Advertising
Advertising

What Is SWOT Analysis? 5 Ways It Accelerates Your Self-Improvement

What Is SWOT Analysis? 5 Ways It Accelerates Your Self-Improvement

If I told you that there was one activity that you could do frequently that would dramatically accelerate your rate of self-improvement, would you do it?

SWOT Analysis may very well be the solution to your problems of feeling lost, unproductive, worried about the future, and the general struggle that inevitably arises on the road to personal development. It is quick to carry out, reliable in terms of changing your perspective, and effective in getting you the results that you desire.

So what exactly is this SWOT Analysis? You will find everything you need to know about it below as well as how to do it and all of the amazing benefits that it will bring to your life.

What Is SWOT Analysis?

SWOT Analysis is a business term that has steadily made its way over into the world of personal development due to its effectiveness in getting things to improve — whether that be a company or, more recently, a person.

S.W.O.T. is an anagram that stands for Strengths, Weaknesses, Opportunities and Threats. When assessing these four key pillars in life, it gives a very good picture of which direction you should be heading in and even highlights some of the best ways to do it.

All in all, it is a great way to reflect on past actions and to decide on the best way to move forward.

How to Do a SWOT Analysis

Carrying out a SWOT Analysis is relatively simple. The best way is to take out a pen and paper and write down four columns: Strengths, Weaknesses, Opportunities, and Threats. From there, you can begin to fill out each one and apply it to whatever situation you find yourself in.

If you are considering expanding your enterprise, you might want to write down the current strengths and weaknesses of your business as well as the opportunities that you could possibly move into and the threats that you might need to minimize.

If you are an individual looking to improve yourself, you can carry out a SWOT Analysis either on the micro or macro level. A micro example would be focusing on one specific area of life. For example, you could write down your strengths, weaknesses, opportunities, and threats when it comes to dating, productivity, or changing your job.

Advertising

You can also take it to the macro level. You might simply write down your current strengths, weaknesses, opportunities, and threats across all areas of life — or simply the areas that you want to focus on for now.

SWOT Analysis is very easy to do and is excellent for the bigger picture stuff. Here is a rough template with a few questions across various areas of life that you can use for your own personal development purposes:

Strengths

What professional qualifications do I have that make me stand out from everybody else?

What do I exceed at where most people are either average or below average?

What achievements have I been awarded?

What struggles have I overcome in the past that give me hope for the future?

Weaknesses

Where do I fall short where others seem to excel?

What bad habits do I have?

What thoughts tend to hold me back?

Advertising

Opportunities

Is there any significant advancement happening or about to happen that I can take advantage of?

Is there a new position in a company that maximizes my skillset?

Is there a gap in the market that I could potentially fill?

Is there an opportunity that is low-risk (i.e. I can fail fast and decide if I want to keep pursuing it)?

Threats

What competition do I face in a certain area?

What is the most likely thing to throw me off course? Is it me?

If there was an economic downturn, would I be in a position to survive? Could I even turn it into an opportunity?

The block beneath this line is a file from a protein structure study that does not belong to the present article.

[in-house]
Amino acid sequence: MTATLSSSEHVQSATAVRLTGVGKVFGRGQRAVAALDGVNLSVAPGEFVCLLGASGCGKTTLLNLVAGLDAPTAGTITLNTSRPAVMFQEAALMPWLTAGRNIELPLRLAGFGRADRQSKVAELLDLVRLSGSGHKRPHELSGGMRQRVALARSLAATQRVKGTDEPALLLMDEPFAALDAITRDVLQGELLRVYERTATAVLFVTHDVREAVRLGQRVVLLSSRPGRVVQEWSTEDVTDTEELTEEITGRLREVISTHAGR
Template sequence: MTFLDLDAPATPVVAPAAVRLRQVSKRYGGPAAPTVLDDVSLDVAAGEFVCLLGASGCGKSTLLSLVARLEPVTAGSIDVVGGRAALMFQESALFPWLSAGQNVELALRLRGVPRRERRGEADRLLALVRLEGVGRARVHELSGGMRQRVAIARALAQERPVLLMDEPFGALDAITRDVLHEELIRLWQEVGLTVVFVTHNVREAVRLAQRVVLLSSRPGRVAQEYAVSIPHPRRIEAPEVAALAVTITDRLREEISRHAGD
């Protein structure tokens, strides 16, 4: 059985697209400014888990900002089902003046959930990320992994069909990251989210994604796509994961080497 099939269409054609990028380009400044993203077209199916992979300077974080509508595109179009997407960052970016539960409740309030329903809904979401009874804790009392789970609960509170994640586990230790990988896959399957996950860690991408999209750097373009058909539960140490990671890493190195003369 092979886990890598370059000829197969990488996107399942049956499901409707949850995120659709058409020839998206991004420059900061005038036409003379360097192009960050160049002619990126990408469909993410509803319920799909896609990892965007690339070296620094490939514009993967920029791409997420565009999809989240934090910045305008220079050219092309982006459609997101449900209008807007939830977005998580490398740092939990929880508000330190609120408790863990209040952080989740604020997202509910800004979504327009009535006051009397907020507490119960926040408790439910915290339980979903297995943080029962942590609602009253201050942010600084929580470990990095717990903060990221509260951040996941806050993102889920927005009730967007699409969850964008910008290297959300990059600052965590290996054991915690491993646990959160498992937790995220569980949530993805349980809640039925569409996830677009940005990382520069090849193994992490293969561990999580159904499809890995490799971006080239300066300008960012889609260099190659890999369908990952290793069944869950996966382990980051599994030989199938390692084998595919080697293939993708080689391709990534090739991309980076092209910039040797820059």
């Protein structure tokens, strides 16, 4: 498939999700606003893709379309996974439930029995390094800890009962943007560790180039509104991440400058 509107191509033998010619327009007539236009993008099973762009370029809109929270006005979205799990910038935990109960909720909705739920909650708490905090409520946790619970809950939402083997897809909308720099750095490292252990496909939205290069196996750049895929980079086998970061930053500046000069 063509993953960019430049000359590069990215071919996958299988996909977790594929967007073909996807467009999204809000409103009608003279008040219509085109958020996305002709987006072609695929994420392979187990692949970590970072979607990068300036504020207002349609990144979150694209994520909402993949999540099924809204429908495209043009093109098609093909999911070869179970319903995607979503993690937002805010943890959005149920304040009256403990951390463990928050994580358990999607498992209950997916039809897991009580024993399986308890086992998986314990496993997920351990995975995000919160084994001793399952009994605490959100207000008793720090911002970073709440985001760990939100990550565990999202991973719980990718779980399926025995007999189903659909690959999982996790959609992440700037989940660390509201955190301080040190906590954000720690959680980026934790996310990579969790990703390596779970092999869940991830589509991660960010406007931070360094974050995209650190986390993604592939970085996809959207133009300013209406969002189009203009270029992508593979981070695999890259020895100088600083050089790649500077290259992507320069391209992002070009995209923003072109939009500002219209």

Benefits of SWOT Analysis for Self-Improvement

Now that you know what it is and how to do it, you may already start to see all of the benefits for your personal growth that can come from a SWOT Analysis. If you haven’t already started to think about how to use it in your own life, here are a few ideas to get you started.

1. It Gives You an Actionable Plan

One of the most obvious benefits of doing a SWOT Analysis is the fact that it gives you an actionable plan. It is rare for someone to actually sit down and write out their strengths and weaknesses as well as the opportunities and threats they are facing, so you will be getting well ahead.

Advertising

More importantly, taking the information from all four of these areas allows you to create an effective plan for yourself going forward — whether that be doubling down on your strengths, a plan to overcome your weaknesses, or how to leap at one of the opportunities in your life.

SWOT Analysis is designed specifically to drive actions and decisions — it is not simply a discussion exercise that you put to one side once you are finished with it.[1]

2. It Allows You to Zoom Out

Far too many people are so trapped within their day-to-day activities that they forget to see the big picture. Not being able to see the forest for the trees is one of the things that hold many people back from reaching their full potential.

SWOT Analysis allows you to take a moment of reflection, see the big picture, and then to make an informed decision about what your everyday tasks and activities are going to be, rather than the other way around.

It is important to be able to zoom out from time to time to make sure that you are on track with whatever your objectives are in each area of life. SWOT Analysis is the best way to do just that.

3. It Helps You Recognize New Aspects and Patterns

One of the unique things about SWOT Analysis is that it manages to combine different areas of your life and lets you see patterns, opportunities, and much more that you wouldn’t have otherwise seen.

An example would be the combination of your strengths and your opportunities. When you look at both of these side-by-side, you get a good idea about where the crossovers are, and, as a result, you get a clear picture of what opportunities are worth pursuing based on your strengths.

Another example would be looking at your strengths and threats next to one another. When you have a decent idea about what your strengths are in a certain situation, you can start to see how those strengths might come in handy when it comes to mitigating certain threats that you might face.

The truth is, any combination across SWOT Analysis creates a unique perspective that will be extremely useful for your own self-improvement.

Advertising

4. It Minimizes Risk